Compact heads to CongressGreat Lakes residents have spoken. So have their governors and state lawmakers.
By: By JOHN MYERS/Duluth News Tribune, The Daily Telegram
Great Lakes residents have spoken. So have their governors and state lawmakers. And now Congress appears poised to make the same claim: Great Lakes water should stay in that region.
An interstate compact that would ban water diversions and bulk shipments outside the region, promote water conservation and require states to keep track of large water users received its congressional kickoff Wednesday in Washington.
Lawmakers from across the Great Lakes, including U.S. Rep. Jim Oberstar, D- Minn., joined Wisconsin Gov. Jim Doyle, chairman of the Council of Great Lakes Governors, at the U.S. Capitol.
The Great Lakes Compact has been approved by lawmakers and governors in all eight Great Lakes states. It must be approved by Congress and signed by the president to have the full effect of an interstate compact and of law.
A similar version has been signed by officials in Quebec and Ontario and serves as an international agreement of understanding with the U.S. states.
Supporters hope the compact’s momentum — it passed in three states in recent weeks after years of effort — continues in Washington.
“We must take seriously any potential threats that may affect the quality or available quantities of waters from the Great Lakes, such as climate changes and growing consumptive uses of water,” said Oberstar, who is chief sponsor of the legislation introduced Wednesday in the House. While there has been only “idle talk” so far of shipping Great Lakes water elsewhere, “conserving the priceless resource of the Great Lakes must be a top priority.”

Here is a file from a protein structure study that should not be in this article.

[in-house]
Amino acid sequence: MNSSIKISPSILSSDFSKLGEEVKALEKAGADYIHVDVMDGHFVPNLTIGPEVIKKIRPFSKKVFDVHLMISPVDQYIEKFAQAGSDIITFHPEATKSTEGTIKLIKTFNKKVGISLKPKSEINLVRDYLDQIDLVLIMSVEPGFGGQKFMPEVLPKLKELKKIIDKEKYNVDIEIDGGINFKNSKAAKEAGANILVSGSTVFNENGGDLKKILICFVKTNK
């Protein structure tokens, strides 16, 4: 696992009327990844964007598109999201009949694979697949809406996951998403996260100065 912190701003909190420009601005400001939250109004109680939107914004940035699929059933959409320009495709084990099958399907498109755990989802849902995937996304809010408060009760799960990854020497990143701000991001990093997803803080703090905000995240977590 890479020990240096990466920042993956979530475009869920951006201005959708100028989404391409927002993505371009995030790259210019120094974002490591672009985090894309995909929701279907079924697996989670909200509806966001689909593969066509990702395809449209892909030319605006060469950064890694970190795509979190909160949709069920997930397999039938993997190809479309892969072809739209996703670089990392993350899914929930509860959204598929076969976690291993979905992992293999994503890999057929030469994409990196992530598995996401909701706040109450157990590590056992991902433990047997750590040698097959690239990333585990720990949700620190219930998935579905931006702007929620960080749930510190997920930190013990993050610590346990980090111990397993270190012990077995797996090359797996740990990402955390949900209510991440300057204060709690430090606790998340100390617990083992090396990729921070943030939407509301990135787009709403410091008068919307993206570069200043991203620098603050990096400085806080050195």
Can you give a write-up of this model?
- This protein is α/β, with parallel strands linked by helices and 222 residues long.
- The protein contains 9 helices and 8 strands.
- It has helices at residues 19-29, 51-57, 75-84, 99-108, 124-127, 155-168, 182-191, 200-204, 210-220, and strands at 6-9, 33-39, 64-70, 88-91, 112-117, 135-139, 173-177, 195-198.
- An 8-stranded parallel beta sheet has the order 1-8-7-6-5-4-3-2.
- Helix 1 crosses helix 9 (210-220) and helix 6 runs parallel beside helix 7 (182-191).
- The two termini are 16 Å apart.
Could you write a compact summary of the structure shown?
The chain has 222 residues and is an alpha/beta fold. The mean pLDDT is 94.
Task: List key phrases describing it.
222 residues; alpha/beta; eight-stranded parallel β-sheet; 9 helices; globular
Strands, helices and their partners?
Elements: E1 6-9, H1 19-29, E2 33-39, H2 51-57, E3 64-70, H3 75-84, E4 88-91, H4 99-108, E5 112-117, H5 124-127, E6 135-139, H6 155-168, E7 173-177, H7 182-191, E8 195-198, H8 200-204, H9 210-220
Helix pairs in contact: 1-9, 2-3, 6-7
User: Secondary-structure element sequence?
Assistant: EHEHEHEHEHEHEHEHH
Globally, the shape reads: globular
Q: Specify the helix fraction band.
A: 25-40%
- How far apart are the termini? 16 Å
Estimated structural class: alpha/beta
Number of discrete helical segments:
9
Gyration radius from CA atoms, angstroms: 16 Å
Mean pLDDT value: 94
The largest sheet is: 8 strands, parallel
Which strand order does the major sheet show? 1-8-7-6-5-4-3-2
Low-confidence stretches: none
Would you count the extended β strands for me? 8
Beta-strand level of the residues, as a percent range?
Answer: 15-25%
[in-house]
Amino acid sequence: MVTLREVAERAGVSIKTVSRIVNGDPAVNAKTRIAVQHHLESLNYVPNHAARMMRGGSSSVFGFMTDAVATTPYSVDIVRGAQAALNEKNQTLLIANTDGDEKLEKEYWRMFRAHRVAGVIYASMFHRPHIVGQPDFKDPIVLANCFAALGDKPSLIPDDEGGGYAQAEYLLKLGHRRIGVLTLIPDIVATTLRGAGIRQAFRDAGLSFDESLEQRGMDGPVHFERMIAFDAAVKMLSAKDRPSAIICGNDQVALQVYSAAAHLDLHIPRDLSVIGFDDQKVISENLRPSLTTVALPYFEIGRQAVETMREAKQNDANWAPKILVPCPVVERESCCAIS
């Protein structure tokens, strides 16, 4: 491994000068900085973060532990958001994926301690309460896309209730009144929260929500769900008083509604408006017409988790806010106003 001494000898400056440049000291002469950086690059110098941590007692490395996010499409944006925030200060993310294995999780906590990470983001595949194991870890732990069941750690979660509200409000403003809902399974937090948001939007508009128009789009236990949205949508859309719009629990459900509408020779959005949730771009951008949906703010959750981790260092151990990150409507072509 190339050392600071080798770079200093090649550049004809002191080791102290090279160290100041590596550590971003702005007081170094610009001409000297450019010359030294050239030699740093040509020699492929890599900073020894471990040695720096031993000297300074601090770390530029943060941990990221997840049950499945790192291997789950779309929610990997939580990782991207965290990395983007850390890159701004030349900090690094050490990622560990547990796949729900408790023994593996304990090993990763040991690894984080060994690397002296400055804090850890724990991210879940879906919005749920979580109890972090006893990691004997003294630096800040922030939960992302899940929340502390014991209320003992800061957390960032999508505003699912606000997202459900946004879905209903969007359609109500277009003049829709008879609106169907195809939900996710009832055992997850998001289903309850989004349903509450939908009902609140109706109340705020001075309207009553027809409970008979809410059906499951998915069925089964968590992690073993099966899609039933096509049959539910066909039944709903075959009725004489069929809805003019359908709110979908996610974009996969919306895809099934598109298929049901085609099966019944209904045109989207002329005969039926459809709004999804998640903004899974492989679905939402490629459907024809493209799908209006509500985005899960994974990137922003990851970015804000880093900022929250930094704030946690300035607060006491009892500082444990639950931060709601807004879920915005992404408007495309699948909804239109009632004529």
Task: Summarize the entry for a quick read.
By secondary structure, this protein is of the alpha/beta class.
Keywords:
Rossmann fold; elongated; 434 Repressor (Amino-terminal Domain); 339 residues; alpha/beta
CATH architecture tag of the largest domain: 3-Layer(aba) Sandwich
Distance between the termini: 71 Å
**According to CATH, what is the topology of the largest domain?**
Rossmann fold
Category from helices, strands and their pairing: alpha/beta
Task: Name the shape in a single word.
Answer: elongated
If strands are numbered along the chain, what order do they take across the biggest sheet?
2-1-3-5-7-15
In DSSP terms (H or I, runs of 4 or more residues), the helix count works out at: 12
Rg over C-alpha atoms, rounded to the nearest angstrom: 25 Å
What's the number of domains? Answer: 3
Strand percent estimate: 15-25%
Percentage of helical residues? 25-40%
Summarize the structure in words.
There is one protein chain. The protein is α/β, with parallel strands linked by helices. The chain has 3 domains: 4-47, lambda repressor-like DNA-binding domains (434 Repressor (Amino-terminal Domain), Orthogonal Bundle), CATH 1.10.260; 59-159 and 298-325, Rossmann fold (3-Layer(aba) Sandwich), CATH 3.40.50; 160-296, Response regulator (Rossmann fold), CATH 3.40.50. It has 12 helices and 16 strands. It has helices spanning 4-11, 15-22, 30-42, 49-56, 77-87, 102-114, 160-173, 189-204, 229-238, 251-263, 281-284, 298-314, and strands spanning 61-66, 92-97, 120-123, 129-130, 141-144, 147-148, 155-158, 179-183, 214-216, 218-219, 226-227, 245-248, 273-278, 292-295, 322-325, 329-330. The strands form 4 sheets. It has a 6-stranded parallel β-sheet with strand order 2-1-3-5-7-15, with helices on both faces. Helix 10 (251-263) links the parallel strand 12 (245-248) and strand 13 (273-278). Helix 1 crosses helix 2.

U.S. Sen. Russ Feingold, D-Wis., said Wednesday he will ask the Senate Judiciary Committee to hear the bill soon to keep the process moving. All 16 senators from the Great Lakes states are authors on the bill.
“With Wisconsin’s economy and environment so closely tied to the health of the Great Lakes, their protection is essential to our state’s well-being,” Feingold said in a statement Wednesday morning.
The compact prohibits the diversion or exportation of large quantities of Great Lakes regional water outside the watershed. It applies to surface water and groundwater.
The compact also puts limits on the use of large amounts of water within the region, requires states to issue permits for large water users within the watershed, encourages water conservation and requires the approval of all eight governors to change any of the rules.
The effort was spurred a decade ago when an Ontario company proposed exporting Great Lakes water to Asia by tanker. The company dropped the plan. But public outrage spurred officials on both sides of the border to craft a plan to limit diversions, especially with many experts predicting U.S. and global water shortages within the next few decades.
Great Lakes governors signed the deal in 2005, but it took three more years for their state legislatures to pass the compact, with the last states signing on earlier this month. Minnesota was the first state to pass the compact in February 2007. Pennsylvania became the last state earlier this month.
Almost 60 lawmakers, both Republicans and Democrats, have announced their support, as have presumptive presidential candidates Sens. John McCain and Barack Obama.
It’s not clear whether the legislation will move yet this year or be delayed until 2009. The Bush administration has not stated any opposition, and Oberstar on Monday predicted the legislation will pass this year.
While supported by most conservation groups, some activists say the compact has a major loophole that still allows bottled water from the region to be shipped overseas.